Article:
Load/store unit 36 is configured to interface with L1 D-cache 38 to perform the data storage portion of store memory operations and to handle load/store dependency checking. A memory operation is a transfer of data between processor 10 and an external memory. The memory operation may be an explicit instruction, or may be implicit portion of an instruction which also includes operations to be executed by functional units 32. Load memory operations specify a transfer of data from external memory to processor 10, and store memory operations specify a transfer of data from processor 10 to external memory. If a hit is detected for a memory operation within L1 D-cache 38, the memory operation is completed therein without access to external memory.

L1 D-cache 38 is a high speed cache memory for storing data. Any suitable configuration may be used for L1 D-cache 38, including set associative and direct mapped configurations. In one particular embodiment, L1 D-cache 38 is a 128 KB two way set associative cache employing 64 byte lines. L1 D-cache 38 may be organized as, for example, 32 banks of cache memory per way. Additionally, L1 D-cache 38 may be a linearly addressed/physically tagged cache employing a TLB similar to L1 I-cache 14.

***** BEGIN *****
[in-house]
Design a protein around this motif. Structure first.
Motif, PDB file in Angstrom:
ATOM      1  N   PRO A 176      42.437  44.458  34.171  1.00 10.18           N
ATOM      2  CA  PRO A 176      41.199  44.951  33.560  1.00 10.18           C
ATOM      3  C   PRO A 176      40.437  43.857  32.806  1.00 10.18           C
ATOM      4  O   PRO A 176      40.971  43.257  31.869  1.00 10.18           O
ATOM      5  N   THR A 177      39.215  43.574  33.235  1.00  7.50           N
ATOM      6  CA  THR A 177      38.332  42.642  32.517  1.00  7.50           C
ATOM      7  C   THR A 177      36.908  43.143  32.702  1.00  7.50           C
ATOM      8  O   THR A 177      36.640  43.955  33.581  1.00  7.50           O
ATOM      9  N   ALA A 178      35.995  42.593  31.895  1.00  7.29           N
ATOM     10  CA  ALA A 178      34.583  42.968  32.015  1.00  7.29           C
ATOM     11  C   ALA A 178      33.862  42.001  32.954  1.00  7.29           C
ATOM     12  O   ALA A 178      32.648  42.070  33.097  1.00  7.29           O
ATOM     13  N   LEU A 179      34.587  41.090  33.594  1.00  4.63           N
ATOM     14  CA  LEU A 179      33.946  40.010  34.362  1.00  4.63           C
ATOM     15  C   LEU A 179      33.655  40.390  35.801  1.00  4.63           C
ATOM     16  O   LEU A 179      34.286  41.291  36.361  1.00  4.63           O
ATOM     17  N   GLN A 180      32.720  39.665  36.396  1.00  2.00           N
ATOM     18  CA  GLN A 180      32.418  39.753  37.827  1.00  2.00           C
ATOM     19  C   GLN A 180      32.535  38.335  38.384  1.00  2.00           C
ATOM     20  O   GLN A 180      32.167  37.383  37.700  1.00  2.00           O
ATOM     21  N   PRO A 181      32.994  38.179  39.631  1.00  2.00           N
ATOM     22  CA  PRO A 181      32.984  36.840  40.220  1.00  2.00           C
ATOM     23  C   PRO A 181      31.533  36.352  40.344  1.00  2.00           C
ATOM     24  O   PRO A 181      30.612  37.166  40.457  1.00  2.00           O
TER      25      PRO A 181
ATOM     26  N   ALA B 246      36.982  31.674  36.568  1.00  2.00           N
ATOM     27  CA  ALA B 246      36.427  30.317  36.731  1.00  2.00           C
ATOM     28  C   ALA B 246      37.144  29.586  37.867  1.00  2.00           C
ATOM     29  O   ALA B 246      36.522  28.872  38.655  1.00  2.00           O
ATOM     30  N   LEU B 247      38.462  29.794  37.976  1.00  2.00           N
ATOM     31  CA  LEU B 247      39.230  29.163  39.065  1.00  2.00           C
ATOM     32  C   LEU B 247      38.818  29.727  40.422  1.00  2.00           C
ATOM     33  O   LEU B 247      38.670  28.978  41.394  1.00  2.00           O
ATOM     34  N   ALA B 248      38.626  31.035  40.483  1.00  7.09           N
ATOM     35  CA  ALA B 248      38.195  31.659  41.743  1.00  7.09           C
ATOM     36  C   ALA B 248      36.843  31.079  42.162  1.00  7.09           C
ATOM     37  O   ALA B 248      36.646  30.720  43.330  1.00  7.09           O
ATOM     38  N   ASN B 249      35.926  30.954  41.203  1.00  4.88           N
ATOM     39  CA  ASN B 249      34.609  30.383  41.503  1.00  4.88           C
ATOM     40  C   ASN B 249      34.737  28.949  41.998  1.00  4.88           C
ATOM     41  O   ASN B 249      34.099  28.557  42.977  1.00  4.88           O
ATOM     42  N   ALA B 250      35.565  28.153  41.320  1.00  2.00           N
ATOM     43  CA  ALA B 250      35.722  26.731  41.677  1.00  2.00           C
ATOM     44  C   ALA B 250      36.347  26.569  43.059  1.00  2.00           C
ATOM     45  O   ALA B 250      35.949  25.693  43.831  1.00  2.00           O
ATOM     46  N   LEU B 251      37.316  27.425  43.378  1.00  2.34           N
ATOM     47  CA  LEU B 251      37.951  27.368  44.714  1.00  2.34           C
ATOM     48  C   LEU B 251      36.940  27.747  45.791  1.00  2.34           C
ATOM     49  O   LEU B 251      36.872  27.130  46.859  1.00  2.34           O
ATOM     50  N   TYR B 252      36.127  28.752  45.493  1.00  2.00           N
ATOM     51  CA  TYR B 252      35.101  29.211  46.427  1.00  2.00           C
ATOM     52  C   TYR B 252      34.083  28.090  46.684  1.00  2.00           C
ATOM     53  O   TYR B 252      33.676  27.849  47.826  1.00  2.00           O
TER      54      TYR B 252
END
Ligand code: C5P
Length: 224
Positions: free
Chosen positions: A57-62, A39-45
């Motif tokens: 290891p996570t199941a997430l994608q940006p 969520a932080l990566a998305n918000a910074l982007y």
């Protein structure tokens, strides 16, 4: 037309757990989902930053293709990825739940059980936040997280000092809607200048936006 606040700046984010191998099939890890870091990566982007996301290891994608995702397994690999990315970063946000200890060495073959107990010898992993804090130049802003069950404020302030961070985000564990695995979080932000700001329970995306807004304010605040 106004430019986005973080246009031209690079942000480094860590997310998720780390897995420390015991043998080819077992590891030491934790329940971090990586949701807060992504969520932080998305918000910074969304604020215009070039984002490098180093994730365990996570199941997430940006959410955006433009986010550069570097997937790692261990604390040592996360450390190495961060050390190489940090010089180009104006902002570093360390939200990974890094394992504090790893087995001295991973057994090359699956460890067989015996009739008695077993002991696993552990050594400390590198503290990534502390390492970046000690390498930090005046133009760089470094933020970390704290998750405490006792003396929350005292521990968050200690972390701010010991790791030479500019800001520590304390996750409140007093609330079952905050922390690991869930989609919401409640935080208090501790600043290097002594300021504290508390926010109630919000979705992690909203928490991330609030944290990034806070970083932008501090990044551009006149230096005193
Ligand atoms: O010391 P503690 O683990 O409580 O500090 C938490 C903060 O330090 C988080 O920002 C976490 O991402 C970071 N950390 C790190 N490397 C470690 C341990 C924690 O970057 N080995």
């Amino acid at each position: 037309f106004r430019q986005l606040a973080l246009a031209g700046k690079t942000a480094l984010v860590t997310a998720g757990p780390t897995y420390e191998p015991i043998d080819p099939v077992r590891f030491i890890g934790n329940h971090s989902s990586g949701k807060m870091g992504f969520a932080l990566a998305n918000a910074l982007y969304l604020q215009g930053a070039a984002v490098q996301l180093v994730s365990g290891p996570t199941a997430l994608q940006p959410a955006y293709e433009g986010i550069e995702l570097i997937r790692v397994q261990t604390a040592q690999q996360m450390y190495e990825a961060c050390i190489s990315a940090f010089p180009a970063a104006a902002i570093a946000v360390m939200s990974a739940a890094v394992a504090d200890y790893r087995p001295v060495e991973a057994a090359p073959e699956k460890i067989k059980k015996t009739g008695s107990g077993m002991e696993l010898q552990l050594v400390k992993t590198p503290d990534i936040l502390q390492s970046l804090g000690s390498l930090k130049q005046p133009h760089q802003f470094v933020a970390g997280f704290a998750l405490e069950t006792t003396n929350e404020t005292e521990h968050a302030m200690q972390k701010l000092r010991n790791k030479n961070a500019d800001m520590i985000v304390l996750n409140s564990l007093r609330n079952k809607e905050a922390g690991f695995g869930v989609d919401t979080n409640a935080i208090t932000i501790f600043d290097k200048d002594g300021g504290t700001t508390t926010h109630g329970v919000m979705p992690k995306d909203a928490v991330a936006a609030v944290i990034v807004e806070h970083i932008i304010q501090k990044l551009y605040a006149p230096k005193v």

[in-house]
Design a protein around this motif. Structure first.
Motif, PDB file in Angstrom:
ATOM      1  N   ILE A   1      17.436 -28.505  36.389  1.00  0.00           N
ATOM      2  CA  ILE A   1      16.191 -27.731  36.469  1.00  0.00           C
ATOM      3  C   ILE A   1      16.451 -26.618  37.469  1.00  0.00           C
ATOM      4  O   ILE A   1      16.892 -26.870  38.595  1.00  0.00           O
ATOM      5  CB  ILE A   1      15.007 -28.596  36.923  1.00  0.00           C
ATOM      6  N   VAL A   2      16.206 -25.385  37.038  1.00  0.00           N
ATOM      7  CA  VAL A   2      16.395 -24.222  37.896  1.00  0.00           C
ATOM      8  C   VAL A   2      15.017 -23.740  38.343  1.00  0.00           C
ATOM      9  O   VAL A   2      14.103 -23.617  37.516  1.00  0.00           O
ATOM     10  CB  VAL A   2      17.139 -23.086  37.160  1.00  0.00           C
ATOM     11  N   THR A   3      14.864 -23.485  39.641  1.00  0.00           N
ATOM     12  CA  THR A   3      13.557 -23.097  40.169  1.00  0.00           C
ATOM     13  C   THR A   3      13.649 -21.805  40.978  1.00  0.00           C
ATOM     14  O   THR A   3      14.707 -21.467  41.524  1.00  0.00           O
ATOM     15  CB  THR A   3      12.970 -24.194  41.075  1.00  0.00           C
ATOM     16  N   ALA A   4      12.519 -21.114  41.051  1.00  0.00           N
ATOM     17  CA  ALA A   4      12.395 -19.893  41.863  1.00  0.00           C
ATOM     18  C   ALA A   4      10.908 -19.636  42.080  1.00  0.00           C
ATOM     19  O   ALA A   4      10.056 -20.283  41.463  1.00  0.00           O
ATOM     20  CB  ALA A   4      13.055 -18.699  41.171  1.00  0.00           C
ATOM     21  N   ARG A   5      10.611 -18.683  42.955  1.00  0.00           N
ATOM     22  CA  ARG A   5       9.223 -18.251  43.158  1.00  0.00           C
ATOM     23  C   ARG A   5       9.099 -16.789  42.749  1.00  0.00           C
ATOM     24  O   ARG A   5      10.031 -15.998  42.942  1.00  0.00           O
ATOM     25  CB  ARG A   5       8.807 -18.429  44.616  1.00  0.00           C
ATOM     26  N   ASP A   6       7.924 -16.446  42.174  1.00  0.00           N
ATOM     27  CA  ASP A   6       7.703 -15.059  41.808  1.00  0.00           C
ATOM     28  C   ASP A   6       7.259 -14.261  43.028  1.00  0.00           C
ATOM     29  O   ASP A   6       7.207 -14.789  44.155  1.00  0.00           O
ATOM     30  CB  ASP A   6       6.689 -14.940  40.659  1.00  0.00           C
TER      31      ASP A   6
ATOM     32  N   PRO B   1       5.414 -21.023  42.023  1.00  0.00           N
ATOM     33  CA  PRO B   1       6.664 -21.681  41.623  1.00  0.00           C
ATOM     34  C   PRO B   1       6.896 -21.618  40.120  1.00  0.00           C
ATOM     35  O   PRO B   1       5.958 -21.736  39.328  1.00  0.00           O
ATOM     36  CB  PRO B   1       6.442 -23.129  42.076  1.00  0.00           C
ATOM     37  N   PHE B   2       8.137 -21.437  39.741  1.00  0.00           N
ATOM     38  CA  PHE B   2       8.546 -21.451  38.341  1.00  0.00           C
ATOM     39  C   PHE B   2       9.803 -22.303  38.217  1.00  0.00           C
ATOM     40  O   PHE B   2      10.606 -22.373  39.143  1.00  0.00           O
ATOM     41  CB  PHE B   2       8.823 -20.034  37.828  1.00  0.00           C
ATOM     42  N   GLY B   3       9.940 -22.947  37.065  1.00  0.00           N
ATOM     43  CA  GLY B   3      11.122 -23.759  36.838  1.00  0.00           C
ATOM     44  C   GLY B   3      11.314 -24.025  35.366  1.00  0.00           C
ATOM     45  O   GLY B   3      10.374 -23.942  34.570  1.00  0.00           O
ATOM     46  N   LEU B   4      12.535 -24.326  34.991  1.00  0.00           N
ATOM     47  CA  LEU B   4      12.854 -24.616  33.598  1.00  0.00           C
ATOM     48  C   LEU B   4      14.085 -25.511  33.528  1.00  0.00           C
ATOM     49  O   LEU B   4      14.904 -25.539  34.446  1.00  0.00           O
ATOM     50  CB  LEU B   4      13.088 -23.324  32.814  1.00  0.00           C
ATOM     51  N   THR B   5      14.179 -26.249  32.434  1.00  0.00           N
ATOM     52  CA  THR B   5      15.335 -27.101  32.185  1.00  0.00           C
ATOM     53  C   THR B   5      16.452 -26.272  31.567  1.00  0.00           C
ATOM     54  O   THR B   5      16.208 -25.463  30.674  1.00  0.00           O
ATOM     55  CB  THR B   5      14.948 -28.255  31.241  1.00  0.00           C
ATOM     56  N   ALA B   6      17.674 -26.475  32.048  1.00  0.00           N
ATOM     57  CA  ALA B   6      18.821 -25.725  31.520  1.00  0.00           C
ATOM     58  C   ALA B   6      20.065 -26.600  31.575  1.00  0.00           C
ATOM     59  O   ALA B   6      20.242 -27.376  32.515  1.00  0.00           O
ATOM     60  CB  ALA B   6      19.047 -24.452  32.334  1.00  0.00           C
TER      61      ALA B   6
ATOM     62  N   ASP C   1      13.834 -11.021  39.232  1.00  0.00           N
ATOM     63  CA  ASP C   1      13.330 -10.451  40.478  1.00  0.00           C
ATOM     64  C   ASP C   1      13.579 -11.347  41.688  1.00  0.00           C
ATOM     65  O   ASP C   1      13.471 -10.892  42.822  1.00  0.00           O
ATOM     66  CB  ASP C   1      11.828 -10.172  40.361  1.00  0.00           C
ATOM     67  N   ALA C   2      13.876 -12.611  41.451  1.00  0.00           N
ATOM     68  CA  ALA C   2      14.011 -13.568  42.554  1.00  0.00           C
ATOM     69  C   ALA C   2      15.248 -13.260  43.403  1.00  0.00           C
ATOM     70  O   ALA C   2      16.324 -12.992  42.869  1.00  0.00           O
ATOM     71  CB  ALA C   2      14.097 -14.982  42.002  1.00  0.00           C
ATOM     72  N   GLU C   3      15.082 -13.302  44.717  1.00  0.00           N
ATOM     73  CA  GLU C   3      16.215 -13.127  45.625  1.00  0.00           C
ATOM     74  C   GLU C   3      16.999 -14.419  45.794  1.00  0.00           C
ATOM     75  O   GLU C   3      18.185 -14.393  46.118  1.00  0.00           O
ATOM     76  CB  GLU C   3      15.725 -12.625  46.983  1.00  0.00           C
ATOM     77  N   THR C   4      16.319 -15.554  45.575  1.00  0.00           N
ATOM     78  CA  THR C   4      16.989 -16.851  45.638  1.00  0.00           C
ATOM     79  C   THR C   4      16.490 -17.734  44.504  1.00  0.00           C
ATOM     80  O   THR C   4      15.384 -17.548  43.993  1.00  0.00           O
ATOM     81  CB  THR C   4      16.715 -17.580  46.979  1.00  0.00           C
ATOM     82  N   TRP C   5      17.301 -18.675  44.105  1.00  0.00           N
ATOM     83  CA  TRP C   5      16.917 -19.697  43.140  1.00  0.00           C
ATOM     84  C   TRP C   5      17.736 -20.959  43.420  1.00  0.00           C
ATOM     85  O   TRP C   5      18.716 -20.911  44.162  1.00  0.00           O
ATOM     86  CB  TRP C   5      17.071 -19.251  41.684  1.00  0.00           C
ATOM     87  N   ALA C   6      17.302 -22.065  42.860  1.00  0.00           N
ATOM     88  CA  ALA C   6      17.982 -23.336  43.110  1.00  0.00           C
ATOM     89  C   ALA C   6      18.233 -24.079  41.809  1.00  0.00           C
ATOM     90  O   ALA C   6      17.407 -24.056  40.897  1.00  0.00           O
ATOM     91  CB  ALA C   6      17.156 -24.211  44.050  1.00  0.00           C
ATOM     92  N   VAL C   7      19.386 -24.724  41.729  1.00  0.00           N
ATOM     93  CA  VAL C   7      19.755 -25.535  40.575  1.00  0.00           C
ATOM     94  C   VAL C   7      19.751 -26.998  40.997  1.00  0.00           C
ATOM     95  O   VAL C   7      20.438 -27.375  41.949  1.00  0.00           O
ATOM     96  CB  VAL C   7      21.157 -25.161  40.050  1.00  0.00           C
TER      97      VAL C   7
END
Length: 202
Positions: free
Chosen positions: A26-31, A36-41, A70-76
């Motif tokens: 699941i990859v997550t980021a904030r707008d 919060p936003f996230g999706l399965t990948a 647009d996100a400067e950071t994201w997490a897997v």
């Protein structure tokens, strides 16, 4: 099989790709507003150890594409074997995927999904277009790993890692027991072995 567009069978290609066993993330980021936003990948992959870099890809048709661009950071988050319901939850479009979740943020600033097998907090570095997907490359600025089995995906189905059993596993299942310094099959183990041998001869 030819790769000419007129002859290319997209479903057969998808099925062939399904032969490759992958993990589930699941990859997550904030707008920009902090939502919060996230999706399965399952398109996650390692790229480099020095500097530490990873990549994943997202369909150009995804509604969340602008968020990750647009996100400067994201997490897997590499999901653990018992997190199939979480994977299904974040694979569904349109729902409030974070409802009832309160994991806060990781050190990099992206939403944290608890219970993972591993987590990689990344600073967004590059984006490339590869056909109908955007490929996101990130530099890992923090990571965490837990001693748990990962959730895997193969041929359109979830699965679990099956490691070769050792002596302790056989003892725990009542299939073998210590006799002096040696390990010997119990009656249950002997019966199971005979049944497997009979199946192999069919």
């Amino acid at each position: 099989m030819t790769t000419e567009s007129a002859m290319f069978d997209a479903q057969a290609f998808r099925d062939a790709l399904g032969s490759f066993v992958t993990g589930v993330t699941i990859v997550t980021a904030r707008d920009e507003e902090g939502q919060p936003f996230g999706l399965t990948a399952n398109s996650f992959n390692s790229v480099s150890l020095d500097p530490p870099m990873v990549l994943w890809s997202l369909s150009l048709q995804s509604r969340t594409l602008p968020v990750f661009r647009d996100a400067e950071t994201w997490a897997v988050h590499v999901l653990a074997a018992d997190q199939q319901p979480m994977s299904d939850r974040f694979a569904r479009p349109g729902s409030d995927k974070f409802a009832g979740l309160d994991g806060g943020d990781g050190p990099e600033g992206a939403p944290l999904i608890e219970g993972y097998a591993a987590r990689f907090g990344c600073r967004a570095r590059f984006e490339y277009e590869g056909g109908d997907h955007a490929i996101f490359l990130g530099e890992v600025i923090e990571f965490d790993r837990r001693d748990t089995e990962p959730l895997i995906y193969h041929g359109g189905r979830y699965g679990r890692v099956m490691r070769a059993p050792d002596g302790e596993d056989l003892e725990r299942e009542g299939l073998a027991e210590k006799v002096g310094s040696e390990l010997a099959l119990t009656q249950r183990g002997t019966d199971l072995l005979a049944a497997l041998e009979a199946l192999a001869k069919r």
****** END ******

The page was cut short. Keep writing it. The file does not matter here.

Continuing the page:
External interface unit 42 is configured to transfer cache lines of instruction bytes and data bytes into processor 10 in response to cache misses. Instruction cache lines are routed to predecode unit 12, and data cache lines are routed to L1 D-cache 38. Additionally, external interface unit 42 is configured to transfer cache lines discarded by L1 D-cache 38 to memory if the discarded cache lines have been modified to processor 10. As shown in FIG. 1, external interface unit 42 is configured to interface to an external L2 cache via L2 interface 44 as well as to interface to a computer system via bus interface 46. In one embodiment, bus interface unit 46 comprises an EV/6 bus interface.